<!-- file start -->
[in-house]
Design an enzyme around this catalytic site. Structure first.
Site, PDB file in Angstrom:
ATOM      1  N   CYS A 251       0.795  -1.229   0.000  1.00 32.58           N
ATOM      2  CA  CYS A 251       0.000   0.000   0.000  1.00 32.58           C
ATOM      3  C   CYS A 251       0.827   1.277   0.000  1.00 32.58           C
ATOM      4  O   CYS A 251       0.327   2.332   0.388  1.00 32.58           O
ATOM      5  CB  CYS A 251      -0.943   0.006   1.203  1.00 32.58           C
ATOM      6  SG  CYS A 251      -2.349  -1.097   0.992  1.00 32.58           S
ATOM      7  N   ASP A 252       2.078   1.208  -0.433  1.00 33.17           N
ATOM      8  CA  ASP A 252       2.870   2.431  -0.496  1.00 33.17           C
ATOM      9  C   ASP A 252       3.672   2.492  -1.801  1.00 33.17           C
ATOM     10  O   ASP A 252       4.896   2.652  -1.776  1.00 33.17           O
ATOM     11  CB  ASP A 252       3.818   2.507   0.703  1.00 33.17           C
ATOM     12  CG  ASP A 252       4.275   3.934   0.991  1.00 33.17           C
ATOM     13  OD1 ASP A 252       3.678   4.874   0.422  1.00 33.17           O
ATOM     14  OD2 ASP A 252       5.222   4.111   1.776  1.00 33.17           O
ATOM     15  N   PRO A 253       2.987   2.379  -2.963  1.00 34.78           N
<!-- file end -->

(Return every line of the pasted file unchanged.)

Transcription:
[in-house]
Design an enzyme around this catalytic site. Structure first.
Site, PDB file in Angstrom:
ATOM      1  N   CYS A 251       0.795  -1.229   0.000  1.00 32.58           N
ATOM      2  CA  CYS A 251       0.000   0.000   0.000  1.00 32.58           C
ATOM      3  C   CYS A 251       0.827   1.277   0.000  1.00 32.58           C
ATOM      4  O   CYS A 251       0.327   2.332   0.388  1.00 32.58           O
ATOM      5  CB  CYS A 251      -0.943   0.006   1.203  1.00 32.58           C
ATOM      6  SG  CYS A 251      -2.349  -1.097   0.992  1.00 32.58           S
ATOM      7  N   ASP A 252       2.078   1.208  -0.433  1.00 33.17           N
ATOM      8  CA  ASP A 252       2.870   2.431  -0.496  1.00 33.17           C
ATOM      9  C   ASP A 252       3.672   2.492  -1.801  1.00 33.17           C
ATOM     10  O   ASP A 252       4.896   2.652  -1.776  1.00 33.17           O
ATOM     11  CB  ASP A 252       3.818   2.507   0.703  1.00 33.17           C
ATOM     12  CG  ASP A 252       4.275   3.934   0.991  1.00 33.17           C
ATOM     13  OD1 ASP A 252       3.678   4.874   0.422  1.00 33.17           O
ATOM     14  OD2 ASP A 252       5.222   4.111   1.776  1.00 33.17           O
ATOM     15  N   PRO A 253       2.987   2.379  -2.963  1.00 34.78           N